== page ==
the streets late at night. Alone. Sometimes,
we skulk in the house and sneak past her dad
as he snores in front of the TV and she
lets me crash on the sofa or her bedroom
floor as long as I don’t loiter or wander about
the house. But when she’s not at school that’s
when I get called a “homeless youth.”

*Definition Poem


By Dave Crawley

“Today,” said my teacher, “let’s try to select
pairs that compare, or in some way, connect.
Let’s think about things that are coupled, or linked.
In short, they must each be intrinsically synched.”

“Like muscles and bones?” “Cell towers and phones?”
“What if you matched up a pine tree with cones?”
My teacher kept nodding. Our answers were grand
(at least, till the moment I held up my hand).

“Teachers and oysters!” I cried. “On a plate!”
She laughed, “They’re extrinsic. They do not relate.”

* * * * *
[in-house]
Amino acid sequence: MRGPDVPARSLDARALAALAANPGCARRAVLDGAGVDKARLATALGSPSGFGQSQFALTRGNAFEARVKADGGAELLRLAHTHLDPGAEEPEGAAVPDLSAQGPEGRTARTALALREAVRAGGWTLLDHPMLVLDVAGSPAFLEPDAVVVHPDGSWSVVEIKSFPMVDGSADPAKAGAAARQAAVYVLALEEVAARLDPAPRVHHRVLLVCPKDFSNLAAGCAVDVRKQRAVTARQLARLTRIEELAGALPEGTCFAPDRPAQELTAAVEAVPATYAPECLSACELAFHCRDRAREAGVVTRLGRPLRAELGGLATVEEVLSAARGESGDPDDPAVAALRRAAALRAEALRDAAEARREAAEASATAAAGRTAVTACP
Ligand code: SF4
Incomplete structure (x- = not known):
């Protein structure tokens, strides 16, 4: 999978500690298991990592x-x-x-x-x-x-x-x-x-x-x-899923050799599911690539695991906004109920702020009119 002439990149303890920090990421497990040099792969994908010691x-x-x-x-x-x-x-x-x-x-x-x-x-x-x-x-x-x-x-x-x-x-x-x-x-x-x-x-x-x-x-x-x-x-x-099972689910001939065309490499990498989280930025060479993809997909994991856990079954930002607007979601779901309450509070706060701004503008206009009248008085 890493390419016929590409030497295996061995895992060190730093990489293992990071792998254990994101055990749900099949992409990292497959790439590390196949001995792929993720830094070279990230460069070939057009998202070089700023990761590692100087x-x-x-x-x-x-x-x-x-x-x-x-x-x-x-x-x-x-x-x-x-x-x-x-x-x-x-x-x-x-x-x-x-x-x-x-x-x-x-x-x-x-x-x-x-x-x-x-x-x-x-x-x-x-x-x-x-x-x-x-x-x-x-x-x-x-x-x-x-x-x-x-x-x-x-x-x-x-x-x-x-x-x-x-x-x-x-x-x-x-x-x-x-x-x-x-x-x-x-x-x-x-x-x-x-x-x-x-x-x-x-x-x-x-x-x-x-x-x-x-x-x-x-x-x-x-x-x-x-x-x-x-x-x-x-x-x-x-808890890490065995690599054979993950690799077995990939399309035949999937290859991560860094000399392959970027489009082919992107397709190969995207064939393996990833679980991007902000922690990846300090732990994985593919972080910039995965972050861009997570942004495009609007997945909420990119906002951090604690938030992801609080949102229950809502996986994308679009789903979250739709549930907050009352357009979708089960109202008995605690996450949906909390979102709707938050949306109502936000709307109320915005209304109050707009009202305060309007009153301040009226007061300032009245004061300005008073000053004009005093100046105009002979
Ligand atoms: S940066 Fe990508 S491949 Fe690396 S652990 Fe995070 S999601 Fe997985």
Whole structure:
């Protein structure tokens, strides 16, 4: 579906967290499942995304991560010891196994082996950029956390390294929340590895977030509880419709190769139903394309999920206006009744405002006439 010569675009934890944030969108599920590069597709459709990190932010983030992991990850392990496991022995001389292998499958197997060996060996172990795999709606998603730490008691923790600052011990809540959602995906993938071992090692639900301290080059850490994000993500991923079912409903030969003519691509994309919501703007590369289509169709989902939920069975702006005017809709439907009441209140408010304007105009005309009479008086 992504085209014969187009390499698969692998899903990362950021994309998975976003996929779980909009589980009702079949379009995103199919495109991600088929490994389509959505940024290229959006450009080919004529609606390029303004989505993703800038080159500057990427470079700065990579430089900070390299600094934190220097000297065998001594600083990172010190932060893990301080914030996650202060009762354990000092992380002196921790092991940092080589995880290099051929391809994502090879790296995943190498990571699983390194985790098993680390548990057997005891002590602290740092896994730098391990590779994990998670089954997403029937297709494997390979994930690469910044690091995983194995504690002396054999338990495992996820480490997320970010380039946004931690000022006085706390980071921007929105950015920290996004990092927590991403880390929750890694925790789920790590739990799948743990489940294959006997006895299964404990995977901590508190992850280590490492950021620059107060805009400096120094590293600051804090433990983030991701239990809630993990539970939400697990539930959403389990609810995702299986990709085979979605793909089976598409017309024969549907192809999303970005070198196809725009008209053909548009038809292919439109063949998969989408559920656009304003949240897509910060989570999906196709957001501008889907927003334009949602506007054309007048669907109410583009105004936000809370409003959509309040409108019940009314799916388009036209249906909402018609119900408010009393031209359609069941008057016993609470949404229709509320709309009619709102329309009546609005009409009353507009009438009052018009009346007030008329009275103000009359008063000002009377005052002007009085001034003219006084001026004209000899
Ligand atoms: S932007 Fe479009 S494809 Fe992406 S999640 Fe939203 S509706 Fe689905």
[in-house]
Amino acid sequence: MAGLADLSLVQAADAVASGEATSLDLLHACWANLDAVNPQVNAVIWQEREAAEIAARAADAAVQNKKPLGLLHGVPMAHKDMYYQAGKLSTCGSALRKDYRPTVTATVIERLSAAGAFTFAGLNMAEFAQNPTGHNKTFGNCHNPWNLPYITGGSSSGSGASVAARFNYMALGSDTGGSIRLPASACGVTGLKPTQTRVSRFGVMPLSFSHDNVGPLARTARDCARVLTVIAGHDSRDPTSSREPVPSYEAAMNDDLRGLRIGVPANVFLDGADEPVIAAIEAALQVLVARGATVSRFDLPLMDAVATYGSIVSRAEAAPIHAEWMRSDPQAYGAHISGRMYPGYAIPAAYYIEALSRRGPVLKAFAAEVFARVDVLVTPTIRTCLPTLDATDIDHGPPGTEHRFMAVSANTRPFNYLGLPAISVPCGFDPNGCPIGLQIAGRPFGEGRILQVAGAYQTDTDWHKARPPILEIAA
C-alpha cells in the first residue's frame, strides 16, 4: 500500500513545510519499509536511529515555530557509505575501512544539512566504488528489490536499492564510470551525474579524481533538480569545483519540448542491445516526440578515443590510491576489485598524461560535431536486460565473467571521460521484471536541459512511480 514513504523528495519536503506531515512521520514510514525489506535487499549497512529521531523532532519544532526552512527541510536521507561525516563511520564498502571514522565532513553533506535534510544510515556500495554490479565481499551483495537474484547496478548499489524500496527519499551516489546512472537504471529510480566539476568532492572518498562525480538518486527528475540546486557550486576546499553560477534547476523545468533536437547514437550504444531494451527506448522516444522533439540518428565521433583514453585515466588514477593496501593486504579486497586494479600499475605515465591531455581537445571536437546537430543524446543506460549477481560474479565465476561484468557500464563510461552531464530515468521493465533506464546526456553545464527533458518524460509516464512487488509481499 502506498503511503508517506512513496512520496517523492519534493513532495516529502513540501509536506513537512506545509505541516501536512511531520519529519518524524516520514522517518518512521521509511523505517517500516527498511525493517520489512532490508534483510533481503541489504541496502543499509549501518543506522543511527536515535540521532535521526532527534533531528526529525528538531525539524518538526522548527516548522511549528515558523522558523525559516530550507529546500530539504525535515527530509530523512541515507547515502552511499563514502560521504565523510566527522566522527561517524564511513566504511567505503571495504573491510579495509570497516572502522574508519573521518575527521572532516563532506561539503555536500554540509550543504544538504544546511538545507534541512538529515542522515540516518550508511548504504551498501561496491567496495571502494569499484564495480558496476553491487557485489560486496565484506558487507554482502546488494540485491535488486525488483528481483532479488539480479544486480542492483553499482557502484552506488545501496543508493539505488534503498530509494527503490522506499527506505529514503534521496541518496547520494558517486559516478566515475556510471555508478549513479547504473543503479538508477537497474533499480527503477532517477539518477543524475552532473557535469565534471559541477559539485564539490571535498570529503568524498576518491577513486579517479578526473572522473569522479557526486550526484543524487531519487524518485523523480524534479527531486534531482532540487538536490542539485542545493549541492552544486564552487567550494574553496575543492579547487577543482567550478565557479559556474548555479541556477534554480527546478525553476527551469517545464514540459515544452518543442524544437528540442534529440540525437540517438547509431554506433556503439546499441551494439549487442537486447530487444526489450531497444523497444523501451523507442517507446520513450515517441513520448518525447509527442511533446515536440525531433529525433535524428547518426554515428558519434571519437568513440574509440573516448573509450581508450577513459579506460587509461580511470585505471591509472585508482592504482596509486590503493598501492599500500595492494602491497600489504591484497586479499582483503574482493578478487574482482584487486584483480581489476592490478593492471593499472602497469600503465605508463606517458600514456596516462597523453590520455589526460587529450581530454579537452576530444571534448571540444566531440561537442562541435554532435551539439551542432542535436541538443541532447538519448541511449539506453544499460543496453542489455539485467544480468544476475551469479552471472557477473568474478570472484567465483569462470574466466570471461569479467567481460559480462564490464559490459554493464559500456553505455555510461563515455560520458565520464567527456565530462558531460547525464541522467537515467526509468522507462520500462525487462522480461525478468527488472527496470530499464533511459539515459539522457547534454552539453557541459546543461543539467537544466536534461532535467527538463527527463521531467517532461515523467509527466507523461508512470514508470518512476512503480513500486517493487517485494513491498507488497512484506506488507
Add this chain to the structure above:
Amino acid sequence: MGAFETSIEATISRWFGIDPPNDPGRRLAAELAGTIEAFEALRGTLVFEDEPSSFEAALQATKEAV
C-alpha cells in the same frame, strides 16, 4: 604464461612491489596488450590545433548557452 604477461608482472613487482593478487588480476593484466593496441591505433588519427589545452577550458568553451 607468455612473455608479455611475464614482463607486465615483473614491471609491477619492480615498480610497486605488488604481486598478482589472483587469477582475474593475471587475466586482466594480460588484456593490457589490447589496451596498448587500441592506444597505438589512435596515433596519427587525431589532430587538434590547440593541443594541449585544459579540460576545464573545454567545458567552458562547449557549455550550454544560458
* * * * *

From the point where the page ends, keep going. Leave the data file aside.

My answer, unfettered, came forth in a rush
(with words that would make a teacher’s pet blush).

“Oysters make pearls,” I said. “Teachers do, too.
We glow, thanks to bright pearls of wisdom from you.”
My classmates were gagging, but what can I say?
My connection has earned me an “A” for the day.


3-mooch vs. 15-extrinsic: Which Poem Did You Prefer?

  • 3-mooch (Quinette Cook) (32%, 112 Votes)
  • 15-extrinsic (Dave Crawley) (68%, 241 Votes)

Total Voters: 353

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  • Laura Shovan